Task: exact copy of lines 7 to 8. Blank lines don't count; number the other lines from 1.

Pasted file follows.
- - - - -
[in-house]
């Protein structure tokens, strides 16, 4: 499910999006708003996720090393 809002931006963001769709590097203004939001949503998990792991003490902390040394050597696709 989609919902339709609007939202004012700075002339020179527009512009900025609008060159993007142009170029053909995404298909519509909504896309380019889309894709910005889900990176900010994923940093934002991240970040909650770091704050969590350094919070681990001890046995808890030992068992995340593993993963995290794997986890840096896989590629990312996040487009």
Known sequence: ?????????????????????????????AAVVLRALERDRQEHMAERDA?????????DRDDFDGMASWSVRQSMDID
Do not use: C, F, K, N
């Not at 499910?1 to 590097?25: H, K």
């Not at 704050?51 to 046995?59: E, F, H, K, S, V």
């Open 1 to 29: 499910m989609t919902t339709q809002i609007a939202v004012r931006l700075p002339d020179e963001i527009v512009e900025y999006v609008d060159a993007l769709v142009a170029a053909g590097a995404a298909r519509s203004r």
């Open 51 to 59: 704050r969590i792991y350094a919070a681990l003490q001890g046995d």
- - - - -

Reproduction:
């Open 1 to 29: 499910m989609t919902t339709q809002i609007a939202v004012r931006l700075p002339d020179e963001i527009v512009e900025y999006v609008d060159a993007l769709v142009a170029a053909g590097a995404a298909r519509s203004r």
């Open 51 to 59: 704050r969590i792991y350094a919070a681990l003490q001890g046995d």